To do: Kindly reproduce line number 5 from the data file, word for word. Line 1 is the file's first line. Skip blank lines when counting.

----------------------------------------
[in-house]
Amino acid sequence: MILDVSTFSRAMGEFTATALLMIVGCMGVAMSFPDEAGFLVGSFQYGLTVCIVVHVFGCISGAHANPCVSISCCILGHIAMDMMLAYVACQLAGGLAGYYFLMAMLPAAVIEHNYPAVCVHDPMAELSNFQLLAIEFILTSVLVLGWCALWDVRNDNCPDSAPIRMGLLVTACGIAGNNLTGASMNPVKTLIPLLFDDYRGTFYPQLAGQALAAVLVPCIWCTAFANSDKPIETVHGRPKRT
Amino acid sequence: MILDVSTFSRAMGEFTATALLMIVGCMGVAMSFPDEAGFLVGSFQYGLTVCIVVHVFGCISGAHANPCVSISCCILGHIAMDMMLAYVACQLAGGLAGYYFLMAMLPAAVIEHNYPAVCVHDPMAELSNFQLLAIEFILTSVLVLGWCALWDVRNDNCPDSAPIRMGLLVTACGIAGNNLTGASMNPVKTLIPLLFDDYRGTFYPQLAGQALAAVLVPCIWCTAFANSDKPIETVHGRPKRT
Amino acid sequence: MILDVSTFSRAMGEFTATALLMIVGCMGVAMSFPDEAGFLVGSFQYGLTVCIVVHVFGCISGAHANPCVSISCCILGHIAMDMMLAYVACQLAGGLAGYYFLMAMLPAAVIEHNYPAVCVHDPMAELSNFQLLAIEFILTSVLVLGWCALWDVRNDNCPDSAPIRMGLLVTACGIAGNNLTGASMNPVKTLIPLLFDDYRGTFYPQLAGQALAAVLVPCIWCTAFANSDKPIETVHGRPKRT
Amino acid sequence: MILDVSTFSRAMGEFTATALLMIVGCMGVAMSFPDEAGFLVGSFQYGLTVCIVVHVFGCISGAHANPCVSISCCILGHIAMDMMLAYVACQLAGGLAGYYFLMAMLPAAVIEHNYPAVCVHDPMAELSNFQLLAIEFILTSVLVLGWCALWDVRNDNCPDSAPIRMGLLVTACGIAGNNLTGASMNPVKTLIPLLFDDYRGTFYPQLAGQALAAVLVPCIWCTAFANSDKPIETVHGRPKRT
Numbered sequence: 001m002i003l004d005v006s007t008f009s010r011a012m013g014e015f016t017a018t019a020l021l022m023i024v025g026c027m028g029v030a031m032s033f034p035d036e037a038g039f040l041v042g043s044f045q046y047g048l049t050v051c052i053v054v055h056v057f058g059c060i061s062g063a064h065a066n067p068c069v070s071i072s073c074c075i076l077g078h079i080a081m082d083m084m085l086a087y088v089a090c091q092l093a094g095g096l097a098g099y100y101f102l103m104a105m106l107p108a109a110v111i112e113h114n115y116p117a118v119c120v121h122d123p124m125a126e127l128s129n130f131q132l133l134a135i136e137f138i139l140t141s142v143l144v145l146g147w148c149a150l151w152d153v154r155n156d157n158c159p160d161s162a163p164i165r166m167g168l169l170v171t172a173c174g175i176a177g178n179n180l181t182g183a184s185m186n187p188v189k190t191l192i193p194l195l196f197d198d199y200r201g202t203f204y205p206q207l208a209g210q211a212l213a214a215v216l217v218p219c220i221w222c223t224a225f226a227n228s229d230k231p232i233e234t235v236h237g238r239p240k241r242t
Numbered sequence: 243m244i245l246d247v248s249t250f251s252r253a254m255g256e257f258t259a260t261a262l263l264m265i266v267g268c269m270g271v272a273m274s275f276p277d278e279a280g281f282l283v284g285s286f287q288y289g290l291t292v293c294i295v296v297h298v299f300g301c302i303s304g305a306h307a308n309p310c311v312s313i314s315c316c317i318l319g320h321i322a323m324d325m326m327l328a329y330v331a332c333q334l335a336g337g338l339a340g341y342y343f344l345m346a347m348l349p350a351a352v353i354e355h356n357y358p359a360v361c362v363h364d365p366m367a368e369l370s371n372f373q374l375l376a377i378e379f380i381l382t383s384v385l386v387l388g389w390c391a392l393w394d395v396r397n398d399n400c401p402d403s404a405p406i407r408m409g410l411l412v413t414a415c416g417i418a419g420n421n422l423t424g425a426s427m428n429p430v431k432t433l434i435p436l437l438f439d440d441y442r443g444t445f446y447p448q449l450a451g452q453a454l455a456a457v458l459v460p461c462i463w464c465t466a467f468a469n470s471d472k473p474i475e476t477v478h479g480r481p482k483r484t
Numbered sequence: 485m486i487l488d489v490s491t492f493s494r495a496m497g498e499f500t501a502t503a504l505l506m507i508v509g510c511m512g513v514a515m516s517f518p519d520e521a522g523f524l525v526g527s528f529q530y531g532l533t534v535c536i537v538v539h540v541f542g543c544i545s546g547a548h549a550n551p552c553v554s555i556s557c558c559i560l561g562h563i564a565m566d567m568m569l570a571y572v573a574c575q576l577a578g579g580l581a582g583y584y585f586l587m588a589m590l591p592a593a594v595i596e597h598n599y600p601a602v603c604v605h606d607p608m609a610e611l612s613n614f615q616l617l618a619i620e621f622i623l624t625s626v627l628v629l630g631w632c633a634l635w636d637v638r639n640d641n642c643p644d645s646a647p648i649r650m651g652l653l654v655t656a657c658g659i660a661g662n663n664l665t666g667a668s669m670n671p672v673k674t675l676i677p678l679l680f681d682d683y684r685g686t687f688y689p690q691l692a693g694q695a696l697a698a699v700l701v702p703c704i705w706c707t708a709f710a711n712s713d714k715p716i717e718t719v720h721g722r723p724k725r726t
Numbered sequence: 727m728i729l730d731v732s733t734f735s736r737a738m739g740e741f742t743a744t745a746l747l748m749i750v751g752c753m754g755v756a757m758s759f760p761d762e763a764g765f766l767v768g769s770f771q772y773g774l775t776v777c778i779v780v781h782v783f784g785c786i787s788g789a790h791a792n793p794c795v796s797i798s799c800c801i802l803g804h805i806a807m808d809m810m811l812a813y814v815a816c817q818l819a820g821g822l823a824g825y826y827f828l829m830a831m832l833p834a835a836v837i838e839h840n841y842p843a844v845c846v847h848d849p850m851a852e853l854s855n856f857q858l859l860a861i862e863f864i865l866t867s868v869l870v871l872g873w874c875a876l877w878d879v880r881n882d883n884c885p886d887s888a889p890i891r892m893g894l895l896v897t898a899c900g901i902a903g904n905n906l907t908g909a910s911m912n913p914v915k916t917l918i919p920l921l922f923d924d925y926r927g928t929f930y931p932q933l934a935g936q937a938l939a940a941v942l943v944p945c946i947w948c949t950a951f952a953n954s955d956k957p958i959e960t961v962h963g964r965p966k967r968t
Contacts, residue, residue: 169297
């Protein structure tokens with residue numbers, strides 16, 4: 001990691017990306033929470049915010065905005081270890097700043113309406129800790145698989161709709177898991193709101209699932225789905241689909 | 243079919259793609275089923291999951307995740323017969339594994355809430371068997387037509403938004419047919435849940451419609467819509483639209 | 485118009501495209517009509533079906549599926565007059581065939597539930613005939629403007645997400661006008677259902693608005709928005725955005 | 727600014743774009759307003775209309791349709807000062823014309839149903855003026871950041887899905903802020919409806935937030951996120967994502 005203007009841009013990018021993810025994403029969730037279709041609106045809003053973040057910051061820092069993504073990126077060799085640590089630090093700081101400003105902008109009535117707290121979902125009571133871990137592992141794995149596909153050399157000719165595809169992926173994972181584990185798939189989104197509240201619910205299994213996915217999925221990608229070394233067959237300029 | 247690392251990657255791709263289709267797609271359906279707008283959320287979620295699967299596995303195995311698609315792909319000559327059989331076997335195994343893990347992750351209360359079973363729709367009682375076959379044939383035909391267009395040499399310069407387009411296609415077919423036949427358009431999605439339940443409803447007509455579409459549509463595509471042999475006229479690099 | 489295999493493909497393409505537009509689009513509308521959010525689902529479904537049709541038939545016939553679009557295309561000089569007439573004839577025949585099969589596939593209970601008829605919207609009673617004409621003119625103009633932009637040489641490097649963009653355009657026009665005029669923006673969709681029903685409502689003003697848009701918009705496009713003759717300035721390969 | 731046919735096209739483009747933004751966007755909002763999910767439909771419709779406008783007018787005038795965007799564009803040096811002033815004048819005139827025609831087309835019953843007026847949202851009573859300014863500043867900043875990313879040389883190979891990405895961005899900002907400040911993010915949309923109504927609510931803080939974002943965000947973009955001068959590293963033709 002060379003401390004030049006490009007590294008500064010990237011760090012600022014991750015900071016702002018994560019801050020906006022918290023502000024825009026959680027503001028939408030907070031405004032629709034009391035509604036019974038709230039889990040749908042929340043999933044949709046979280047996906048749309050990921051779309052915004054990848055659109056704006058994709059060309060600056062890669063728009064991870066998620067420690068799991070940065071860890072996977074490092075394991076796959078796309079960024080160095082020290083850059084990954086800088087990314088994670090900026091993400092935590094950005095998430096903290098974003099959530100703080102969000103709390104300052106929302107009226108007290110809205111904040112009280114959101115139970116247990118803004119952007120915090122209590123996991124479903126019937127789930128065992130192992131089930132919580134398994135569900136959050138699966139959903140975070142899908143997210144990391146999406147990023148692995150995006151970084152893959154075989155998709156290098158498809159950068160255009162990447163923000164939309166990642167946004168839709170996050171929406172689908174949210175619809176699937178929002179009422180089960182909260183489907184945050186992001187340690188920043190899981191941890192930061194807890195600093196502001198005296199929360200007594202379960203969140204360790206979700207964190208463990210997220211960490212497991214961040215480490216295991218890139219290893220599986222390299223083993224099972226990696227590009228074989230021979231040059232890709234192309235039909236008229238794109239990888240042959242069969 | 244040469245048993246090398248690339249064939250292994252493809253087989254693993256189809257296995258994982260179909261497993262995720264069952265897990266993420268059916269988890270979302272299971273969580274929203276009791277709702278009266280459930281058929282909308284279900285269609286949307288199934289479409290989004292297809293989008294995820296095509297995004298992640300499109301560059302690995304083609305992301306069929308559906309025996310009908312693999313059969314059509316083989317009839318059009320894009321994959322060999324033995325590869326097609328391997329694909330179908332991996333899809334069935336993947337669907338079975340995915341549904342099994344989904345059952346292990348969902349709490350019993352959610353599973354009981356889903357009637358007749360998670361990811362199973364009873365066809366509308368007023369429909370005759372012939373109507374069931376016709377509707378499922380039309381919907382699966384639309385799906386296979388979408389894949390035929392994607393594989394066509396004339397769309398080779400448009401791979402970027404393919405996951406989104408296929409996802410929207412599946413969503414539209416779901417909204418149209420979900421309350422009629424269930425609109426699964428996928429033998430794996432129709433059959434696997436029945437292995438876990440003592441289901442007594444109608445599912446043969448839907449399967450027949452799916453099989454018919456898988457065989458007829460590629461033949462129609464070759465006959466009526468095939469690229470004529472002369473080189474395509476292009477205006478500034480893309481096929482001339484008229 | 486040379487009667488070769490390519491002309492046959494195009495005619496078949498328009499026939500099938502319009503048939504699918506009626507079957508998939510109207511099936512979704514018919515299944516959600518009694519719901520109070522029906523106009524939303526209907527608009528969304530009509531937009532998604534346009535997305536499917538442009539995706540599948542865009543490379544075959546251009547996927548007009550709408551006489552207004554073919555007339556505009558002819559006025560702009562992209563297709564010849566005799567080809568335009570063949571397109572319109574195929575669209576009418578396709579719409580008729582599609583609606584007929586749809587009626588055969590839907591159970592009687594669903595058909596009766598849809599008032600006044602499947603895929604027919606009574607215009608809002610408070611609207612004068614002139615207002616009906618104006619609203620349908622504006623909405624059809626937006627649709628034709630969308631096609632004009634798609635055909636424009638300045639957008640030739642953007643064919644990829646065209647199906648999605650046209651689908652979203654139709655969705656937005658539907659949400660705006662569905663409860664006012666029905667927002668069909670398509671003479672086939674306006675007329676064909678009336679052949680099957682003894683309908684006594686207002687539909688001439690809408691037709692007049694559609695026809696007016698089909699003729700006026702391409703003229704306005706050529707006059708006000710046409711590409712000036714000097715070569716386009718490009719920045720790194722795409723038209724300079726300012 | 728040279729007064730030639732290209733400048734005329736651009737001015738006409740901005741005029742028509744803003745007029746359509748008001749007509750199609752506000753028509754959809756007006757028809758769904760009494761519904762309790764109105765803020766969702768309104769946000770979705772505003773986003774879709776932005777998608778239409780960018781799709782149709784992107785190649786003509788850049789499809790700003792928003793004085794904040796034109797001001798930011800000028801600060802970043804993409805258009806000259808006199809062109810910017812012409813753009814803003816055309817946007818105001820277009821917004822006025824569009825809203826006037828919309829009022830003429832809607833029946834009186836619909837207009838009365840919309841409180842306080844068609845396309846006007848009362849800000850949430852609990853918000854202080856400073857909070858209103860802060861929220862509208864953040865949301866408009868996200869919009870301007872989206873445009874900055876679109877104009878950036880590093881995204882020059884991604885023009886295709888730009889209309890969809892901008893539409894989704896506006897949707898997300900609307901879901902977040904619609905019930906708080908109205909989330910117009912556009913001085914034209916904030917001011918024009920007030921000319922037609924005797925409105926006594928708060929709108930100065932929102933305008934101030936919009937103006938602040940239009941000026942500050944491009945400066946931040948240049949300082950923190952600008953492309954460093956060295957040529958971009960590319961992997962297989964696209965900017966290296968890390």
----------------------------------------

Amino acid sequence: MILDVSTFSRAMGEFTATALLMIVGCMGVAMSFPDEAGFLVGSFQYGLTVCIVVHVFGCISGAHANPCVSISCCILGHIAMDMMLAYVACQLAGGLAGYYFLMAMLPAAVIEHNYPAVCVHDPMAELSNFQLLAIEFILTSVLVLGWCALWDVRNDNCPDSAPIRMGLLVTACGIAGNNLTGASMNPVKTLIPLLFDDYRGTFYPQLAGQALAAVLVPCIWCTAFANSDKPIETVHGRPKRT